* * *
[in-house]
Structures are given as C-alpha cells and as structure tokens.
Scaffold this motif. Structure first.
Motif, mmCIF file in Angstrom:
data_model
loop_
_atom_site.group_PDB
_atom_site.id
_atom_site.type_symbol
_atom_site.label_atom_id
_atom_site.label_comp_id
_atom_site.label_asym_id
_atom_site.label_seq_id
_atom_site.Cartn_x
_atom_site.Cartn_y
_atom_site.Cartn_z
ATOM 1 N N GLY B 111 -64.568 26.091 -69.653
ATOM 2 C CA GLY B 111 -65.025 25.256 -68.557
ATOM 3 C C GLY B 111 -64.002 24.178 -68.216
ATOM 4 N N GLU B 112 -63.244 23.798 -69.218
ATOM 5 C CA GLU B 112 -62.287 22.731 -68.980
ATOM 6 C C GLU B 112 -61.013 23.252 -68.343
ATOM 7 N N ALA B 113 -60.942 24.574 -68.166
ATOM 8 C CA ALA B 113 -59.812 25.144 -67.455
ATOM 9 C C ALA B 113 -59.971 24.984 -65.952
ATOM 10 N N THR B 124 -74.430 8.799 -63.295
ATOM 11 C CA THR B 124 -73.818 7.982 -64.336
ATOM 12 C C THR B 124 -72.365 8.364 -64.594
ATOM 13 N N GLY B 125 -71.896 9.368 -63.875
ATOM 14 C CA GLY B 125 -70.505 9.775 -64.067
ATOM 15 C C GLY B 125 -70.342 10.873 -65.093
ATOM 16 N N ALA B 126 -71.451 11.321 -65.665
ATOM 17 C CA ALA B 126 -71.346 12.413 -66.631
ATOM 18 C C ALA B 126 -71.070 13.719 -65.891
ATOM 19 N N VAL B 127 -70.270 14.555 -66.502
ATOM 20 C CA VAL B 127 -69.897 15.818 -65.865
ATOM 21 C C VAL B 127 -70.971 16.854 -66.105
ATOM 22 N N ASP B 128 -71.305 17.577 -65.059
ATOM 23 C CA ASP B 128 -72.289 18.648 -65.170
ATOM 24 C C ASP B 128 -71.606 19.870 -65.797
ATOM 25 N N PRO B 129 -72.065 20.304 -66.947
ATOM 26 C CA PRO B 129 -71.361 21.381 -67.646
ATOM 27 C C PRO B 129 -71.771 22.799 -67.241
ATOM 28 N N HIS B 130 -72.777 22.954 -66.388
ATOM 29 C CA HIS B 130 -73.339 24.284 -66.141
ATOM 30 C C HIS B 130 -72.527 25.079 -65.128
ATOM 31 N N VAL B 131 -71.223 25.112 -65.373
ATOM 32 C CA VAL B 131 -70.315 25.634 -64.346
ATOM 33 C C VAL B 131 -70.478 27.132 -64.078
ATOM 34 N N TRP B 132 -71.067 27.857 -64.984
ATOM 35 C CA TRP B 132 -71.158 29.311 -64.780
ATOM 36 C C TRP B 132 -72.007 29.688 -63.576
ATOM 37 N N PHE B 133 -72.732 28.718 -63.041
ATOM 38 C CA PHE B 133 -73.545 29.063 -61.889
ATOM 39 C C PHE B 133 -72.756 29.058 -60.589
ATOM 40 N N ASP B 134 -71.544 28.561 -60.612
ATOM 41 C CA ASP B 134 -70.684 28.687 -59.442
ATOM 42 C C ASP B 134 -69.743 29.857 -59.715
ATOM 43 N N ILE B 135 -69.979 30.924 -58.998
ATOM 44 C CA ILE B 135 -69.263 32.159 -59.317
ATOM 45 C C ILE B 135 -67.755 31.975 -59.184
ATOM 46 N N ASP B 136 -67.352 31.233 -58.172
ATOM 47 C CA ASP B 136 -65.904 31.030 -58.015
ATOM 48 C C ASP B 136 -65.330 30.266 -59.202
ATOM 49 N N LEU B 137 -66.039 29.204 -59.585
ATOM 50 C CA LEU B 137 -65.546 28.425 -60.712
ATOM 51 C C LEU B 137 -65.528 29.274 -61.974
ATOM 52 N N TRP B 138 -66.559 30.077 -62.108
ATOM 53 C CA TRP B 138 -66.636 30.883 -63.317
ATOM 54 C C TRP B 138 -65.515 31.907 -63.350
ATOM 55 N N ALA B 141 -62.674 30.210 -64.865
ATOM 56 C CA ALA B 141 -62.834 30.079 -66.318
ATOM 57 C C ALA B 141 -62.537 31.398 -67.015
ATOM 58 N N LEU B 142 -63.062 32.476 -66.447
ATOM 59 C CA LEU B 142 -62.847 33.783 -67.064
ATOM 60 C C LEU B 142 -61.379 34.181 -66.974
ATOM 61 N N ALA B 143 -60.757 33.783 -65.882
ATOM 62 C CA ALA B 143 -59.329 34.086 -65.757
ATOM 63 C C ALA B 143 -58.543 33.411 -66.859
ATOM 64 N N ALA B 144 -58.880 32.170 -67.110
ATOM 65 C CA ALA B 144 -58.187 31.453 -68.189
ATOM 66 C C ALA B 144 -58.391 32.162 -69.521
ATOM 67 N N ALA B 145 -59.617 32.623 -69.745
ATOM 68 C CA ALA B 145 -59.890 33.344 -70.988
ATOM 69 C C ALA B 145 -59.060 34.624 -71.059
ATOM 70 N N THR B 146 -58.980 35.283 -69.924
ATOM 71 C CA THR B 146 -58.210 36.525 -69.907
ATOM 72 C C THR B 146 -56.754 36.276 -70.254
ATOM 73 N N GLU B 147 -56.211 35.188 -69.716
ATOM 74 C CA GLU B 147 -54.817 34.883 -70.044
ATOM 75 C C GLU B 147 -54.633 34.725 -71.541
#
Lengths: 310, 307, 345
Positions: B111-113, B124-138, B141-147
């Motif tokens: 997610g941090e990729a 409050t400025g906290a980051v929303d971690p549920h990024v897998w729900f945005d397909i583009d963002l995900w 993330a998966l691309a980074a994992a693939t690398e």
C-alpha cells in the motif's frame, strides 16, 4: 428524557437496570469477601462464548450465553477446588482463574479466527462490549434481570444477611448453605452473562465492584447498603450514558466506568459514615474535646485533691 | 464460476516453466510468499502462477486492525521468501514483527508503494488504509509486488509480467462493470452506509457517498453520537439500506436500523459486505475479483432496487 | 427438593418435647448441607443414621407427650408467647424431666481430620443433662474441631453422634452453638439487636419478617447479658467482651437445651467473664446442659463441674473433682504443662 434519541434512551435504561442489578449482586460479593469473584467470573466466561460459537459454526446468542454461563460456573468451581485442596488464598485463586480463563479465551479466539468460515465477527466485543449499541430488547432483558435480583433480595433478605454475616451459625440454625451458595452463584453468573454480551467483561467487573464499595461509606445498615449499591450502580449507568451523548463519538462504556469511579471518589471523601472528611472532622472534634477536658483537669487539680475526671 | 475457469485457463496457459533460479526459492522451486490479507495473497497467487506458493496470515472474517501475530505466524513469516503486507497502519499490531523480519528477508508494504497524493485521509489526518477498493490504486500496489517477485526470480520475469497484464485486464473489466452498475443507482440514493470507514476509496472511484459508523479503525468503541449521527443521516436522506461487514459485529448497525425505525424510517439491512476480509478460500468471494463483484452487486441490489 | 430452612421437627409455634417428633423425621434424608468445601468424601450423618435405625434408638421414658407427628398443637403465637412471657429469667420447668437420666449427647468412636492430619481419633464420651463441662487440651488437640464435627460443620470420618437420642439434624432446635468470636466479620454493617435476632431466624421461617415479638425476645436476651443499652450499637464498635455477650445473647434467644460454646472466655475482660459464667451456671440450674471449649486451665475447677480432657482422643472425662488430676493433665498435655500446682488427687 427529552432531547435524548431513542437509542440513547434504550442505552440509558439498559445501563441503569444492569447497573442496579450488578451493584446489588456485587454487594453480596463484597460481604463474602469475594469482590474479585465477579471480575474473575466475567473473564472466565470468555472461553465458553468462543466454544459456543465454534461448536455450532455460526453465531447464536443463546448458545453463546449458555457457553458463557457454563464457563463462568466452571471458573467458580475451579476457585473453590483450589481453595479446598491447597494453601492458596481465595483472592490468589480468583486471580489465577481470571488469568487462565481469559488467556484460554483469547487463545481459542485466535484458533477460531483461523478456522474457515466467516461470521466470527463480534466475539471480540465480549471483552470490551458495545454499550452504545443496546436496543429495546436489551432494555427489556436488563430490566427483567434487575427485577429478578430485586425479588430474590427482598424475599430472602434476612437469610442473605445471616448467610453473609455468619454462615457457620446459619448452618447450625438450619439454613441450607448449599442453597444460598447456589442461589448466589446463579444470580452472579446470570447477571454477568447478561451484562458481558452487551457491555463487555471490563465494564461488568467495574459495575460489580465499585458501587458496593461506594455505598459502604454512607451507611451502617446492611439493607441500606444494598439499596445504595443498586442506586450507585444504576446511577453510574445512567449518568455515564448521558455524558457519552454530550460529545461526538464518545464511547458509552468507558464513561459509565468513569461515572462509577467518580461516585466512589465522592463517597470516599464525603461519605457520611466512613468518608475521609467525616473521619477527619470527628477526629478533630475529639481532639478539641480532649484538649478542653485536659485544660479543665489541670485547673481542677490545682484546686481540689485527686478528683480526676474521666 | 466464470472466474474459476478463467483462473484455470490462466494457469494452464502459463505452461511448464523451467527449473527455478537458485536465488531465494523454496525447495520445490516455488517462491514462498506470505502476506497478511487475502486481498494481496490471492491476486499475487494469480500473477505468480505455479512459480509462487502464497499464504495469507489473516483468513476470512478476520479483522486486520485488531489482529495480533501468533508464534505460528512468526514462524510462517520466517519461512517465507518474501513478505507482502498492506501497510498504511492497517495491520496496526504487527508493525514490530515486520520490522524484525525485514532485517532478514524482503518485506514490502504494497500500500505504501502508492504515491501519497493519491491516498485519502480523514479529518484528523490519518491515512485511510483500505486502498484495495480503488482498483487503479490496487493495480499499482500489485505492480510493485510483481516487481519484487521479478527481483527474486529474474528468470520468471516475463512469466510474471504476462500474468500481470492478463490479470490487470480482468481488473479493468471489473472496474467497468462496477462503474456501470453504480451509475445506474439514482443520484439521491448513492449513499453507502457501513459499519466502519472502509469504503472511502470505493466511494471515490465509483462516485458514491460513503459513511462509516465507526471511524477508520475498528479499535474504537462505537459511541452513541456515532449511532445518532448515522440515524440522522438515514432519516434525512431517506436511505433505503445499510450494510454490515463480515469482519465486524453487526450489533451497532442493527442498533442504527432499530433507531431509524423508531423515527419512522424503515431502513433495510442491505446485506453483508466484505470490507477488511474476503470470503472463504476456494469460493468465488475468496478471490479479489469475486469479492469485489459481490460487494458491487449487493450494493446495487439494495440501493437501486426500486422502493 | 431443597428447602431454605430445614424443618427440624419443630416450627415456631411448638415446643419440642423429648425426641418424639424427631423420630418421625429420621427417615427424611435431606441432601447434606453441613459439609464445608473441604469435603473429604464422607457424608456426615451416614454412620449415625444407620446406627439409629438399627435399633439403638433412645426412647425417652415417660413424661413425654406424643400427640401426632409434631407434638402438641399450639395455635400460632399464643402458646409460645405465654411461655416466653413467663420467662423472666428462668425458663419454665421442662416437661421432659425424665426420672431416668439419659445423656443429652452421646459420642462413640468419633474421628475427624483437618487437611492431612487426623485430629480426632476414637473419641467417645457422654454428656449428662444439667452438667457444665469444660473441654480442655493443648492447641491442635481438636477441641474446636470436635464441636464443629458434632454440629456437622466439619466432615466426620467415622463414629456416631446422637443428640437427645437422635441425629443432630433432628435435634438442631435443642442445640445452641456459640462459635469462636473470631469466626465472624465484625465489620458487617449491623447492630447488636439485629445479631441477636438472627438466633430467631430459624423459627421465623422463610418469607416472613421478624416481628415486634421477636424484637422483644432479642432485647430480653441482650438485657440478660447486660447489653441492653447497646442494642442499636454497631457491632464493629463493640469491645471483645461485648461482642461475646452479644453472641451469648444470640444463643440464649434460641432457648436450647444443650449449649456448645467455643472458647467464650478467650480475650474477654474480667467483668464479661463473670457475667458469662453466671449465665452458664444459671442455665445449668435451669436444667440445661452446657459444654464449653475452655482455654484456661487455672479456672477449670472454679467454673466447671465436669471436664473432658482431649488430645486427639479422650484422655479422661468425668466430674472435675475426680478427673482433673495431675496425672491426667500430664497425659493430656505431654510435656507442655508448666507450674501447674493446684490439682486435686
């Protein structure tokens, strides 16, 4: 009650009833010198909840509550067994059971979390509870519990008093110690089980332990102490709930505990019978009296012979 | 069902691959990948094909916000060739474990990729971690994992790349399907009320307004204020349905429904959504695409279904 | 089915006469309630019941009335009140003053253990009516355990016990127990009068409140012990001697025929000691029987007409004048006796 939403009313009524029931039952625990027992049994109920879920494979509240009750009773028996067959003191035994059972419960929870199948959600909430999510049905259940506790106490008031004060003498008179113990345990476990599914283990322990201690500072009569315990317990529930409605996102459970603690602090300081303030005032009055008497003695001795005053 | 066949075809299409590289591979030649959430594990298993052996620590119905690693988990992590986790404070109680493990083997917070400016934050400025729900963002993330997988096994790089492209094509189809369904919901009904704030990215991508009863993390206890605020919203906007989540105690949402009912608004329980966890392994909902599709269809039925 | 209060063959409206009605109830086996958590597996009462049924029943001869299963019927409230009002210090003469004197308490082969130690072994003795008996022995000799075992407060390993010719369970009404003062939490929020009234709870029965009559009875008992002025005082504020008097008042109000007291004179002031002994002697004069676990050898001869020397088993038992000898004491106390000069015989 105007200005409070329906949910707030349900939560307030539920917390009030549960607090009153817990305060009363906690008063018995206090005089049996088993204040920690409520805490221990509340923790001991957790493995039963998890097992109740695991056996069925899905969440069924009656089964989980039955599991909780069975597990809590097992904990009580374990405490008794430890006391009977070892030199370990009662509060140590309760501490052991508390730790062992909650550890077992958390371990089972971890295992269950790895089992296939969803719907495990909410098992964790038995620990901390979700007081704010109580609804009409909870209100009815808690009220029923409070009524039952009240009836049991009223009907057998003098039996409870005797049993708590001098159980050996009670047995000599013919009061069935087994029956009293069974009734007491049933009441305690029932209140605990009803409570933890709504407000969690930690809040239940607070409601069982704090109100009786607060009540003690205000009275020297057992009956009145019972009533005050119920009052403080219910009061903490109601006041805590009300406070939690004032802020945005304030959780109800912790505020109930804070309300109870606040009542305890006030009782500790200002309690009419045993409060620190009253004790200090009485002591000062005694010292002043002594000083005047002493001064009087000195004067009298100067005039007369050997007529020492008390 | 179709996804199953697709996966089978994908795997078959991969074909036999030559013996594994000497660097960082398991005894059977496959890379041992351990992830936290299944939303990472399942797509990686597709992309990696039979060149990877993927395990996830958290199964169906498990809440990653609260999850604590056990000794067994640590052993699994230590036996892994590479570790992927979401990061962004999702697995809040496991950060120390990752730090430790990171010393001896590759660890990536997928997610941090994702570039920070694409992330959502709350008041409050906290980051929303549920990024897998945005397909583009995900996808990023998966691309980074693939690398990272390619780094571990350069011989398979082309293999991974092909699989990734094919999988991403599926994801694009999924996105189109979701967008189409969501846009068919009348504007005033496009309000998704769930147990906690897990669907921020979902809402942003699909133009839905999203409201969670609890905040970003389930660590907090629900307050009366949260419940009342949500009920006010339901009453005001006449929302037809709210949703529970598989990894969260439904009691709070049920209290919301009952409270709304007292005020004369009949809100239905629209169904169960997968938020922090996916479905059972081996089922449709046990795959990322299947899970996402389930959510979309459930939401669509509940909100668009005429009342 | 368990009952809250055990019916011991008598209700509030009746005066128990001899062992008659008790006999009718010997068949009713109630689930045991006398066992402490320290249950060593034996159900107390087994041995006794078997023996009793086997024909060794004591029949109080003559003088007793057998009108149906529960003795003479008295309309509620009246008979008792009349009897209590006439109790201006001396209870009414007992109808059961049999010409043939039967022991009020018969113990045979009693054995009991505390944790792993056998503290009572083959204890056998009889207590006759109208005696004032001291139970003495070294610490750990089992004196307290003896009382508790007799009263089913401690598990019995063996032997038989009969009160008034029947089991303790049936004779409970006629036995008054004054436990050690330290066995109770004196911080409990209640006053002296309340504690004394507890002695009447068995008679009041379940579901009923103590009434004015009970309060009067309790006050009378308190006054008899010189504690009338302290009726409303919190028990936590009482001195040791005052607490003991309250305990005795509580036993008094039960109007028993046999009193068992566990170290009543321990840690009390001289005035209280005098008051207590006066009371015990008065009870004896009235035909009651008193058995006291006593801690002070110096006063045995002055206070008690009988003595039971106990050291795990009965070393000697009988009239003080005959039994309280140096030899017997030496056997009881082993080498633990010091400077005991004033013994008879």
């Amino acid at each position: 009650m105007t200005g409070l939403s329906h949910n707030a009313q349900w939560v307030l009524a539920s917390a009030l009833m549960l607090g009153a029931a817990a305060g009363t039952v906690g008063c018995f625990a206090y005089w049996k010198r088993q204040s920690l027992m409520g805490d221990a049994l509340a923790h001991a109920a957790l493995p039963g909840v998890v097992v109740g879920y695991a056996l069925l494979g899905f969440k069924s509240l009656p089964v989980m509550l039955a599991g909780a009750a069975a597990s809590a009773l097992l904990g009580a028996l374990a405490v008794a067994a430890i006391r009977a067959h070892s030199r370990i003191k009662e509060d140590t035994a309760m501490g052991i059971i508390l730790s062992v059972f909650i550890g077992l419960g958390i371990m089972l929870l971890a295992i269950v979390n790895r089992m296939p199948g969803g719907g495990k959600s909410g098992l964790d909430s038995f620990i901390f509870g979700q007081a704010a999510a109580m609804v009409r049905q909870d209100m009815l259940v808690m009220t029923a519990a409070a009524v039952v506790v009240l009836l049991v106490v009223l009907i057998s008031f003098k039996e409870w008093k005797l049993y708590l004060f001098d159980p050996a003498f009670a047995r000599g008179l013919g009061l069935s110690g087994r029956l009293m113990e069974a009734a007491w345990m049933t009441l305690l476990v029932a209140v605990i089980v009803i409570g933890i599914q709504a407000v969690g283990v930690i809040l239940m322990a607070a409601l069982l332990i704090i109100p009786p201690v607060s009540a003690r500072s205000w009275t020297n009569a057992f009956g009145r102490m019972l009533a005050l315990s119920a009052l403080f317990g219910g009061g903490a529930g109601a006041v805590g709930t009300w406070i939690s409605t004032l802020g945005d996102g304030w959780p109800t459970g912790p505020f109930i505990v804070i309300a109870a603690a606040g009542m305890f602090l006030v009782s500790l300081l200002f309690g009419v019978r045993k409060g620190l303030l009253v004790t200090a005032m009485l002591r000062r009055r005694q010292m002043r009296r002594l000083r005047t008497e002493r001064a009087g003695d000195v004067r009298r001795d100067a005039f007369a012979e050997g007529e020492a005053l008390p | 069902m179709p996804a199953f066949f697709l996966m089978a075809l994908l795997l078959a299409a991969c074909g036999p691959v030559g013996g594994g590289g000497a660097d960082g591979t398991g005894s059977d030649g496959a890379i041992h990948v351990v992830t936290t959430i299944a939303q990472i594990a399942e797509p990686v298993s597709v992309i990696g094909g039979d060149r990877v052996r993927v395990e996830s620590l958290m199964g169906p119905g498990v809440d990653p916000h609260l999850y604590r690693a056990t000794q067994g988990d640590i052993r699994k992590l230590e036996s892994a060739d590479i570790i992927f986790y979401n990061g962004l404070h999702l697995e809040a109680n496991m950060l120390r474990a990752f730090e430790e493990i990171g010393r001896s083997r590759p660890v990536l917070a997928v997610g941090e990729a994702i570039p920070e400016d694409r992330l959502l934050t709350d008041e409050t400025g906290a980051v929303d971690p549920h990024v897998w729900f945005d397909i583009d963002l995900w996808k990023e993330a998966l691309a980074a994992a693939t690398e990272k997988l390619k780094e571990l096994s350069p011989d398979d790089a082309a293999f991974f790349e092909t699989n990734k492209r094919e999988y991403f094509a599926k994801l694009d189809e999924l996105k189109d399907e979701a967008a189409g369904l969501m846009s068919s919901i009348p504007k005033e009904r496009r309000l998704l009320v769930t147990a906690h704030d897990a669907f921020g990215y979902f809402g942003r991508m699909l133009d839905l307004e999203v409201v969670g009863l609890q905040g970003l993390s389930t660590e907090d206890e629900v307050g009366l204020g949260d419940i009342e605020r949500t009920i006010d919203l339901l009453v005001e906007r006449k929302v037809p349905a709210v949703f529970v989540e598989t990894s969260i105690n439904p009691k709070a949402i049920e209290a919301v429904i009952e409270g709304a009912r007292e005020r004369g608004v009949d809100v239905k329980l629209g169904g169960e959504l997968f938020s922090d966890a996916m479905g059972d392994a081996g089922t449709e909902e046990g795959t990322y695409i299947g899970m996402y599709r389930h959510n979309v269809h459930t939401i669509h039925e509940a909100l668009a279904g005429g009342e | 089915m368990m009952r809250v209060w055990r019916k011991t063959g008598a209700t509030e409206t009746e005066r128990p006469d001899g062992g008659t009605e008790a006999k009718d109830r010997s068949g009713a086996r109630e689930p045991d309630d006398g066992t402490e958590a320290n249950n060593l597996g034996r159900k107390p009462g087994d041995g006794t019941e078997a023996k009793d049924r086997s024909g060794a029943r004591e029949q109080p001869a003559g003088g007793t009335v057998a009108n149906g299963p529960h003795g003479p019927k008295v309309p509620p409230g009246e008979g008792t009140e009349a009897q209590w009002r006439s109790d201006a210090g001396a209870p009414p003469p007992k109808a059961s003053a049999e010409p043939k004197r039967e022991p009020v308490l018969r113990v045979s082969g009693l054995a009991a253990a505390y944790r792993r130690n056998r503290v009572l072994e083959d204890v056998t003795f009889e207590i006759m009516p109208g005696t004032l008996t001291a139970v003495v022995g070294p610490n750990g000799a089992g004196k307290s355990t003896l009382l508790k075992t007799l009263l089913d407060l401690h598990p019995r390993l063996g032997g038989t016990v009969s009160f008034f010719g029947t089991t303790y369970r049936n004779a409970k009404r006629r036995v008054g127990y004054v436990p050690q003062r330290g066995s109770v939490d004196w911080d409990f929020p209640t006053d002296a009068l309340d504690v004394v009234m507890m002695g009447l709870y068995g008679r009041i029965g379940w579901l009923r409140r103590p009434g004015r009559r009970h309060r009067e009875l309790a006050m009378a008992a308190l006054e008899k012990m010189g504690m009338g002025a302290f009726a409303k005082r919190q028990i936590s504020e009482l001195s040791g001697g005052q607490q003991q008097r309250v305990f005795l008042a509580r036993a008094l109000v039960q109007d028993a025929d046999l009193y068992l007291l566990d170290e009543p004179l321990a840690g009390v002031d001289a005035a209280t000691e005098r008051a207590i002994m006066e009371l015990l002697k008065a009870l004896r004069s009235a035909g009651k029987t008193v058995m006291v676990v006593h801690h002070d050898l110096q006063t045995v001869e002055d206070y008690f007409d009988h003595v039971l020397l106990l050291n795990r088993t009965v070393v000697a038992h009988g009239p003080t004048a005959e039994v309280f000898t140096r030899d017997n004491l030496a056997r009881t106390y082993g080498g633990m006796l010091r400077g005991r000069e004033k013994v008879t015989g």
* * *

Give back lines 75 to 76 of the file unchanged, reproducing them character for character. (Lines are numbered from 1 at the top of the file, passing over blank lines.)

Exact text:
ATOM 59 C CA LEU B 142 -62.847 33.783 -67.064
ATOM 60 C C LEU B 142 -61.379 34.181 -66.974